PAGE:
The end of the 20th century has witnessed a growing competitive pressure in most industries, forcing companies to seek more creative and flexible means for meeting competition. Many firms have faced these challenges participating in interorganisational alliances to achieve the critical resources they need to obtain competitive advantage (Dyer & Singh, 1998). One of those critical resources is market orientation, which has been considered as a causal antecedent of a firm's overall perceived performance (Jaworski & Kohli, 1993), profitability Hooley et al., 2000, Narver & Slater, 1990 and Pelham, 1999, market performance (i.e., sales growth, new product success, market share, and marketing and sales effectiveness; Hooley et al., 2000, Matsuno & Mentzer, 2000, Pelham, 1999 and Slater & Narver, 1994), superior customer value (Slater & Narver, 2000), and sustainable competitive advantage (Hunt & Morgan, 1995). This justifies the relevance of studying how companies can attain higher levels of market orientation. Some internal factors have been postulated as antecedents of a firm market orientation (see for example Kohli & Jaworski, 1990). However, to the best of our knowledge, only Siguaw, Simpson, and Baker (1998) and Baker, Simpson, and Siguaw (1999) empirically analyse market orientation in business relationships. Using reference group theory, Siguaw et al. found that the distributor's market orientation is positively influenced by its supplier's market orientation—i.e., the distributor would be more market oriented “…to comply with its reference group's norms or in meeting some perceived standard” (p. 101). Baker et al. unveiled market orientation as an antecedent of the relational dimensions of trust, cooperative norms, and commitment. The main purpose of this research is to examine how a firm's market orientation is improved as a result of its channel relationships. The revision of marketing literature does not show any study that empirically analyses the effects of the interorganisational processes and structure on the partners' market orientation. This lack of empirical research is surprising given the theoretical consensus on the potential utility of interorganisational relationships to obtain market intelligence (Kohli & Jaworski, 1990), to offer superior customer value (Slater & Narver, 2000), and to generate relational quasi-rents (Dyer & Singh, 1998). Moreover, researchers in the area of relational marketing have stressed the importance of relationships to obtain and develop the critical resources and capabilities of the company Anderson et al., 1994 and Hunt, 1997. Therefore, the model presented and tested in this article will contribute towards filling this gap in the literature of interorganisational relationships. This is addressed within the particular setting of channel partnerships in the commercialisation of fresh fruit and vegetables. During the last decades, channels of distribution for these products in the European Union have witnessed a growing concentration in the retailing sector, accompanied by centralized buying decision-making (Brookes, 1995). In this context, the distance between farmers and consumers hindered farmers from accessing accurate and immediate market information, delaying their adaptation to the fast pace of changes in retailing and consumers demands (Dijk & Mackel, 1994), and causing asymmetry of information that could be opportunistically used by retailers (Wathne & Heide, 2000). The creation of cooperatives that integrate farmers from the same geographical area, hereafter named first-order marketing cooperatives (1OMC) was, in most of the European countries, one of the initial reactions in order to reduce both production costs (Sargent, 1991) and transaction costs (Ollila, 1994). 1OMCs are responsible for commercialising their farmers' production, although other services can also be offered (i.e., supplies, technical support, etc.). However, even though they represent a first movement toward higher levels of integration in the agricultural sector, their local orientation limits the volume and number of products they can offer to their clients. Compared to their larger competitors, 1OMCs' competitiveness is hindered by their inability to provide the service required by the distribution chains at a reasonable cost (e.g., assortment, larger temporal coverage of the campaign, strict reliability and stability of the deliveries). As a result, the cooperative sector responded with higher levels of integration (Sargent, 1991). Whereas in some countries (e.g., Germany) merging has been the route chosen by 1OMCs to become larger, in others (e.g., Spain) second-order marketing cooperatives (2OMC) were constituted to commercialise all, or a portion, of the production of various first-order cooperatives. Considered as cooperatives of cooperatives, the 2OMCs are marketing specialists and, by means of their selling and distribution network, they assume the function of serving the market demands, with the retailing chains as their main clients. Consequently, they are dedicated to commercialising their first-order partners' production by establishing, developing, and maintaining relationships with the distribution chains in the national and international markets. The law establishes some conditions that the relationship between first- and second-order marketing cooperatives must fulfil. For example: (1) A 2OMC must be founded for at least two 1OMCs, which are its owner-user; (2) one partner cannot own more than 30% of the 2OMC's capital; (3) at least two-thirds of the 2OMC's Board of Directors must be elected by the General Assembly among the 1OMCs' Board of Directors; (4) all the 1OMCs have a vote in the 2OMC's General Assembly, although the statutes can determine a weighted right of participation according to the relative volume of business of each partner. Moreover, these statutes determine the minimum percentage that the 1OMC must commercialise through the 2OMC and, when this is lower than 100%, the 1OMC is allowed to use alternative channels. These legal characteristics and the fact that each company is specialized in vertically differentiated functions, shares compatible goals, works for mutual benefit, and has a high level of interdependence, allow us to qualify this type of relationship as a channel partnership (Mohr & Spekman, 1994). In channel relationships, authoritative mechanisms of control involve “one party in the relationship using its position or power to control the activities of the other party (Weitz & Jap, 1995; p. 306)”. In our interorganisational setting, the 2OMCs have power as a result of their larger dimension (reward and coercive power), their proximity to the market that provides them with more and better information (information power), their marketing expertise and responsibility to the clients (expertise power), and the contractual conditions to which the 1OMCs must agree (legitimate power). This makes the relationship asymmetrical, with the 2OMC as the leader (source) that controls those 1OMC's (target) activities that are important to be able to offer value to the partnership's clients (i.e., the retailing chains). Research into all the possible interorganisational antecedents of market orientation is beyond the scope of this study. Moreover, this paper does not attempt to develop a complete theory of market orientation in interorganisational relationships. We contribute to the marketing literature by (1) providing new insights on how authoritative mechanisms of coordination benefit the target's market orientation in asymmetrical interorganisational relationships; (2) considering simultaneously the effects of multiple types of authoritative coordination mechanisms; and (3) analysing those aspects in the relational setting of channel partnerships. To address these objectives, we begin by providing the conceptual framework in which a set of research hypotheses is formulated. We then discuss the research design, including survey context, sampling procedure and data collection, and measurement properties. The empirical results of the hypotheses testing are then reported. Finally, we discuss results, its theoretical and managerial implications, and the limitations.

نتیجه گیری انگلیسی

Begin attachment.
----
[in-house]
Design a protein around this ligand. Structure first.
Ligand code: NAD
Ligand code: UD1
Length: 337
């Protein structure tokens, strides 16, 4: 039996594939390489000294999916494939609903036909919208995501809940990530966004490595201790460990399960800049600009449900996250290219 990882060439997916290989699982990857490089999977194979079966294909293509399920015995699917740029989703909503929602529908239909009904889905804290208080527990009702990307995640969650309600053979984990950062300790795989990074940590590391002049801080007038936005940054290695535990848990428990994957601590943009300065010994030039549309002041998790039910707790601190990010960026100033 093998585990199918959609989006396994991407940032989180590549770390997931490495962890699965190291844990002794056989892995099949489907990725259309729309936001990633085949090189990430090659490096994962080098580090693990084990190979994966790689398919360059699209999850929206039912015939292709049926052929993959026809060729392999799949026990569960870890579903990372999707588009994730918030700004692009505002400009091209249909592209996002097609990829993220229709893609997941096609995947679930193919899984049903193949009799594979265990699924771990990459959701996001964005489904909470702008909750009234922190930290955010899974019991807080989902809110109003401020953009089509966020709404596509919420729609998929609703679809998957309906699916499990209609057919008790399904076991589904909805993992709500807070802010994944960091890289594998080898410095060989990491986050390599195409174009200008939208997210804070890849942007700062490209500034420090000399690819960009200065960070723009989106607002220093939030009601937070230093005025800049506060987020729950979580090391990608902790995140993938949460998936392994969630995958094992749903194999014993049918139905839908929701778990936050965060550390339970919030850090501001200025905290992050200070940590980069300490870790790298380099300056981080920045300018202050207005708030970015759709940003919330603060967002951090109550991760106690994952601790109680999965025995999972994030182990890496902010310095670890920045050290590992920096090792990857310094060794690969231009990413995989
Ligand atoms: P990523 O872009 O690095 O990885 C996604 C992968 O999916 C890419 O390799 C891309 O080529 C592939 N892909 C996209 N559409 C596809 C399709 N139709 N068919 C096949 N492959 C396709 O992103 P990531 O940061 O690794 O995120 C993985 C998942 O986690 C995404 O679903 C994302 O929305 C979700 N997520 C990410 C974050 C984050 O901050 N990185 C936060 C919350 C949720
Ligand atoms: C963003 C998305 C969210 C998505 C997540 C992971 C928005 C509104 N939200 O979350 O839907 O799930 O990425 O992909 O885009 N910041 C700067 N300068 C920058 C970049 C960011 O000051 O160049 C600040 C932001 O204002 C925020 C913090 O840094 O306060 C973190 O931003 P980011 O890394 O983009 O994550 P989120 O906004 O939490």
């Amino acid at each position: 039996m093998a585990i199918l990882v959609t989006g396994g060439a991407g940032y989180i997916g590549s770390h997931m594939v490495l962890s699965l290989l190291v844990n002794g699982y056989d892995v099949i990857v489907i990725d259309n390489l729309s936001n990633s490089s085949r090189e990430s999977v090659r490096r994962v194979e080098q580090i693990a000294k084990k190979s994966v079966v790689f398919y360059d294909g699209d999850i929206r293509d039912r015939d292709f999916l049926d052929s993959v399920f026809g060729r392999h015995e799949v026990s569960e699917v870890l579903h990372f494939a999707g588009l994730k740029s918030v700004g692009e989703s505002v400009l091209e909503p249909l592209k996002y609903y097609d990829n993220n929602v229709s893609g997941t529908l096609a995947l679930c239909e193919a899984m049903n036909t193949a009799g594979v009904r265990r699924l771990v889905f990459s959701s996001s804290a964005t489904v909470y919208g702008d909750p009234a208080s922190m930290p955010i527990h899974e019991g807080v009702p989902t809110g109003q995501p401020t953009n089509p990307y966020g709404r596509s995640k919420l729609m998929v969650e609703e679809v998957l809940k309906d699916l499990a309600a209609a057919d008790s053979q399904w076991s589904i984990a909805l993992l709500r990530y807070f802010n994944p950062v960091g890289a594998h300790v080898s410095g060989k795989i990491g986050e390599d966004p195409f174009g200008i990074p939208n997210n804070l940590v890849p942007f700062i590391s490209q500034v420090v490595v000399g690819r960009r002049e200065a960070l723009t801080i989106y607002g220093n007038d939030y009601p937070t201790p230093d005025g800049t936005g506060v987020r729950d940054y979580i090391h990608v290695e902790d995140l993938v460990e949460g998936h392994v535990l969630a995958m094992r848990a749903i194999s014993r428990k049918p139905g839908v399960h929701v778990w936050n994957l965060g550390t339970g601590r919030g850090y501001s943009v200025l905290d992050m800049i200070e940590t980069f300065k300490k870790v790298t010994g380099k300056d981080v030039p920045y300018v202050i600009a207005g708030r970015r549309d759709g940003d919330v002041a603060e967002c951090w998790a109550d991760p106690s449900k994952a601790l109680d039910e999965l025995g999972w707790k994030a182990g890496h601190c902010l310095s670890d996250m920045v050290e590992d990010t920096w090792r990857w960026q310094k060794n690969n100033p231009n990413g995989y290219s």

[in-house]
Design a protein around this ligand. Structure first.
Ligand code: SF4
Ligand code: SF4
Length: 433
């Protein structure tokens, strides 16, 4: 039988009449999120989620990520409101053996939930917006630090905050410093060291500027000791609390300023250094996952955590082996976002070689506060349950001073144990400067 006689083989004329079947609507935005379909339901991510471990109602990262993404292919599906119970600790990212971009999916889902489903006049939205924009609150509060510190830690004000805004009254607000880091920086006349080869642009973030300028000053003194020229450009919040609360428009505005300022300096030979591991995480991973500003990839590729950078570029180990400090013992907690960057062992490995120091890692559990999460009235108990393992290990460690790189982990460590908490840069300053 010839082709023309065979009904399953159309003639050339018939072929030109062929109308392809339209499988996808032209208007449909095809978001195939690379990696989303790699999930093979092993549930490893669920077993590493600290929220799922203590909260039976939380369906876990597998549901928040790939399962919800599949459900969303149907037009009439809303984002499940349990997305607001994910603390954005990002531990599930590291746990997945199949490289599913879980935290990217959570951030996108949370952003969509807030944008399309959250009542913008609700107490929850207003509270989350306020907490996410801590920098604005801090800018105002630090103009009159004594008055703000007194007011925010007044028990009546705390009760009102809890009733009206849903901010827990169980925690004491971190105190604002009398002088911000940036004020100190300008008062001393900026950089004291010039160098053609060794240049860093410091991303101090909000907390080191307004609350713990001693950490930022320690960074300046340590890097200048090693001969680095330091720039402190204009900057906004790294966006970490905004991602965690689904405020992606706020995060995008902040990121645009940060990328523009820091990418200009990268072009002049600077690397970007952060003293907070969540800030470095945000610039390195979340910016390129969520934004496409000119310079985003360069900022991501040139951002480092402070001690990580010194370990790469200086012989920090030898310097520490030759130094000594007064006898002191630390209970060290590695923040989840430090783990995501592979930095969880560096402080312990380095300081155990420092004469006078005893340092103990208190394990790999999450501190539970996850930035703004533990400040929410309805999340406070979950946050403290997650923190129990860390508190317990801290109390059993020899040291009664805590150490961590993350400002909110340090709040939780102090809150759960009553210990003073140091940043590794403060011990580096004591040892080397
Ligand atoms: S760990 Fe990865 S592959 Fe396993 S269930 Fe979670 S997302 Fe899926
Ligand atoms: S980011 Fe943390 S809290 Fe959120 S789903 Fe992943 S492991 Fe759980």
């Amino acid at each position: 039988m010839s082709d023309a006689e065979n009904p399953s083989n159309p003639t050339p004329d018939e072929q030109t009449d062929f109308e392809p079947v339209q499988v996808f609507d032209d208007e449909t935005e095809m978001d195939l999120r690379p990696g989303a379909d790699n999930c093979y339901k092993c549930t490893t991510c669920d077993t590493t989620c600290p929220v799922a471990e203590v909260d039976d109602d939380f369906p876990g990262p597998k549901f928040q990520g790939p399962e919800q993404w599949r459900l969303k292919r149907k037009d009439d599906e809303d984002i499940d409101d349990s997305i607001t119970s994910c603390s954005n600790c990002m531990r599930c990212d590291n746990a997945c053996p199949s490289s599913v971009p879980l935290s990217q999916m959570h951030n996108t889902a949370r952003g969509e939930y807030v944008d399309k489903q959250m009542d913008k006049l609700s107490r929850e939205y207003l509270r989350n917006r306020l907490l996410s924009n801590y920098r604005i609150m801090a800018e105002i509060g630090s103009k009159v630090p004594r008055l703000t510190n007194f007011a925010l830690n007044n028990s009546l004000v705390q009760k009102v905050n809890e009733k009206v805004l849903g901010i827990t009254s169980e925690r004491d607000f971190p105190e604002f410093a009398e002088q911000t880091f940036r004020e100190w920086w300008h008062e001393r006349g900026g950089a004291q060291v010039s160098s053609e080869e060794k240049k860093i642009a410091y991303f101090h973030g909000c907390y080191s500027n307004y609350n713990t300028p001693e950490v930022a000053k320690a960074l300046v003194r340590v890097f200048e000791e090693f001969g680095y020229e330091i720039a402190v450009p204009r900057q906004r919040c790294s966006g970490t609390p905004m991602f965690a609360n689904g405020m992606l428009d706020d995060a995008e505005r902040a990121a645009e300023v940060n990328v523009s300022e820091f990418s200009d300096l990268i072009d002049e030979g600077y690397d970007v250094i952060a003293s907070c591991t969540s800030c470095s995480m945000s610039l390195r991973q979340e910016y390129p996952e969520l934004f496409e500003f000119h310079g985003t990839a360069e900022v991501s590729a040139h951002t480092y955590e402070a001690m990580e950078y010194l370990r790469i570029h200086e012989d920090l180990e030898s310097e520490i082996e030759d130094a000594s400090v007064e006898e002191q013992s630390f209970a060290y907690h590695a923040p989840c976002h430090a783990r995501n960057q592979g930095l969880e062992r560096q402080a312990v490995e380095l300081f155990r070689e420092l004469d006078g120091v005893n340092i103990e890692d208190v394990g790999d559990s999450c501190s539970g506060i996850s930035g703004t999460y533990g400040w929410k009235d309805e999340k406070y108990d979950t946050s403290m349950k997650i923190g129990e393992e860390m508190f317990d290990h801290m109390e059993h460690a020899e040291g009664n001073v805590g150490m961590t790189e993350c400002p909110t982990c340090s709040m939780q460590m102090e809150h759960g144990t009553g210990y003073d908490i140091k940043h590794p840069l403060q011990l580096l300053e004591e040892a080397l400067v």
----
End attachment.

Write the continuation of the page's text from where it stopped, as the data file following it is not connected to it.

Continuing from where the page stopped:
The proposed structural model is specified from the hypothesized relationships in Fig. 1, discussed in the text as H1, H2, H3 and H4. The path linking output control and market orientation is estimated in order to obtain a complete picture of the effects of all the authoritative mechanisms of coordination. Conventional maximum likelihood estimation techniques were used to test the model (Jöreskog & Sörbom, 1996). The fit of the model is satisfactory (χ2=375.48, df=233, p<0.001; GFI=0.84; CFI=0.92; RMSEA=0.068; TLI=0.91; IFI=0.93), thereby suggesting that the nomological network of relationships fits our data—another indicator of support for the validity of these scales To provide greater confidence in our model specification with market orientation treated as a second-order factor, we test our theoretical model (MT) against alternative model specifications (MA). Anderson and Gerbing (1988) recommend this procedure and suggest the use of a chi-square difference test (CDT) to test the null hypothesis: MT−MA=0. Compared with a less parsimonious MA, a nonsignificant CDT would lead to the acceptance of the more parsimonious MT. Table 4 reports a nonsignificant change in chi-square between our model and the CFA, leading us to consider MT as a better specification. We also contrast MT with an alternative model where market orientation is not specified as a second-order construct. Again, the better fit shown by the alternative model is not significant, which leads us to stay with the more parsimonious MT. Finally, in our theoretical model we propose a differentiated effect of input, behaviour and output control. However, from a theoretical point of view, a second-order construct of unilateral control could be conceivable (Heide, 1994). Therefore, we compare MT with an alternative model where both market orientation and unilateral control are considered second-order constructs (two second-order factors model). In this case we are comparing MT with a more parsimonious model. The CDT presents a p<0.001 which allows us to consider the alternative model's fit as significantly worse. As a result of the different model comparisons, we can be confident about our theoretical model specification.In terms of our hypotheses (Table 5), the finding for H1 (formalization→market orientation; γ11=0.19, p<0.10) suggests that formal rules are interpreted by the 1OMCs in an enabling way—i.e., as a valuable resource that improves their market orientation. In our sample, there are reasons to believe that formalization is actually being used in an enabling way rather than exclusively as a tool to reduce the target's possibilities of shirking. This is due to the fact that the three forces cited by Adler and Borys (1996) as promoters of the enabling logic are present in our empirical setting: 1. “The enabling logic has considerable and growing legitimacy in the broader culture” (p. 82). In the cooperative sector, where the joint cooperation is a normative rule, this is even more obvious. 2. “The advantages of the enabling logic can be bolstered by the demands of the task environment and notably by the intensification of competitive pressure” (p. 83). The market description presented in the introduction of this article proves the applicability of this principle to our empirical context. 3. “Increasing complexity often increases the relative advantage of the enabling form” (p. 83). The retailers' demands for better products, more controlled production and manipulation programs, and faultless service stimulate 2OMCs to implement formalization in an enabling rather than in a coercive logic.Continuing with the effects of the bureaucratic structure, participation is found to be positively associated with market orientation (γ12=0.39, p<0.01). This confirms that participation creates an adequate environment that enhances those behaviours that lead to a better orientation to the market. H3 is also supported, with input control (training) significantly associated with an increase in the target's market orientation (γ13=0.33, p<0.05). This suggests that the postulated learning and motivational effects of training are present in our relational setting. Also, behaviour control exerts a positive and significant impact on target's market orientation (γ14=0.27, p<0.10), confirming H4. We did not present any hypothesis about the effects of output control on market orientation. The results obtained for the parameter γ15 (−0.04, p>0.10) suggest that the exercise of this type of control does not influence the target's market orientation, in accordance with the discussion presented in the theoretical section. Our sample was composed of 161 1OMCs that were associated to 2OMCs as described in Table 6. This may cause concerns about the intra-2OMC variation in the variables. The authors' knowledge of the sector led us to be confident about the fact that the differences among the constructs were due to real-world differences, rather than to just perceptual noise. However, to be more secure about this, we phoned three senior executives of 2OMC who confirmed our first impression. Although general guidelines exist, each relationship in the same 2OMC is governed in a customized fashion. Differences are based on the type of product (fruits, citrus, and vegetables are characterised by different temporal and commercial specifications), the dimension and capabilities of the 1OMC, its commitment to the partnership, etc. For example: 1.Those 1OMCs that participate in programs of “premium quality” have much higher levels of authoritative governance than others that are also integrated in the same 2OMC, but just producing standard quality. 2.The 1OMCs that only produce fruits (e.g., apricot, grape, peach, etc.) have a relationship with the 2OMC with larger time lags than the cooperatives that produce vegetables. As a consequence the development of relational behaviours is more complicated with those 1OMCs that only produce fruits. 3.The 1OMCs that produce products very important for the 2OMC in terms of volume (e.g., orange) or value (e.g., lettuce, melon) are generally subjected to higher levels of authoritative governance than those that produce less important products for the 2OMC (e.g., cucumber, onion).Continuing with the effects of the bureaucratic structure, participation is found to be positively associated with market orientation (γ12=0.39, p<0.01). This confirms that participation creates an adequate environment that enhances those behaviours that lead to a better orientation to the market. H3 is also supported, with input control (training) significantly associated with an increase in the target's market orientation (γ13=0.33, p<0.05). This suggests that the postulated learning and motivational effects of training are present in our relational setting. Also, behaviour control exerts a positive and significant impact on target's market orientation (γ14=0.27, p<0.10), confirming H4. We did not present any hypothesis about the effects of output control on market orientation. The results obtained for the parameter γ15 (−0.04, p>0.10) suggest that the exercise of this type of control does not influence the target's market orientation, in accordance with the discussion presented in the theoretical section. Our sample was composed of 161 1OMCs that were associated to 2OMCs as described in Table 6. This may cause concerns about the intra-2OMC variation in the variables. The authors' knowledge of the sector led us to be confident about the fact that the differences among the constructs were due to real-world differences, rather than to just perceptual noise. However, to be more secure about this, we phoned three senior executives of 2OMC who confirmed our first impression. Although general guidelines exist, each relationship in the same 2OMC is governed in a customized fashion. Differences are based on the type of product (fruits, citrus, and vegetables are characterised by different temporal and commercial specifications), the dimension and capabilities of the 1OMC, its commitment to the partnership, etc. For example: 1. Those 1OMCs that participate in programs of “premium quality” have much higher levels of authoritative governance than others that are also integrated in the same 2OMC, but just producing standard quality. 2. The 1OMCs that only produce fruits (e.g., apricot, grape, peach, etc.) have a relationship with the 2OMC with larger time lags than the cooperatives that produce vegetables. As a consequence the development of relational behaviours is more complicated with those 1OMCs that only produce fruits. 3. The 1OMCs that produce products very important for the 2OMC in terms of volume (e.g., orange) or value (e.g., lettuce, melon) are generally subjected to higher levels of authoritative governance than those that produce less important products for the 2OMC (e.g., cucumber, onion). To test whether our theoretical constructs have the posited effects above and beyond that captured by the 2OMC's name or the type of product, we performed an OLS regression introducing nine dummy variables. Considering the list of 2OMCs reported in Table 6, six variables were used to introduce the 2OMC's name in the regression. In this case, the 12 cooperatives in the category “others” are the base case. To control the effect of the type of product, a value of 1 is given to Fruit when the 1OMC exclusively produces fruits (20.8%), Vegetables when the 1OMC exclusively produces vegetables (27.7%), and Citrus when the 1OMC exclusively produces these type of products (19.5%). Those cooperatives that commercialise a mix of those categories are considered the base case to control the effect of the type of product. The results presented in Table 7 show that none of the dummy variables have a significant effect on market orientation, whereas the positive and significant effects of formalization, participation, input and behaviour control are maintained.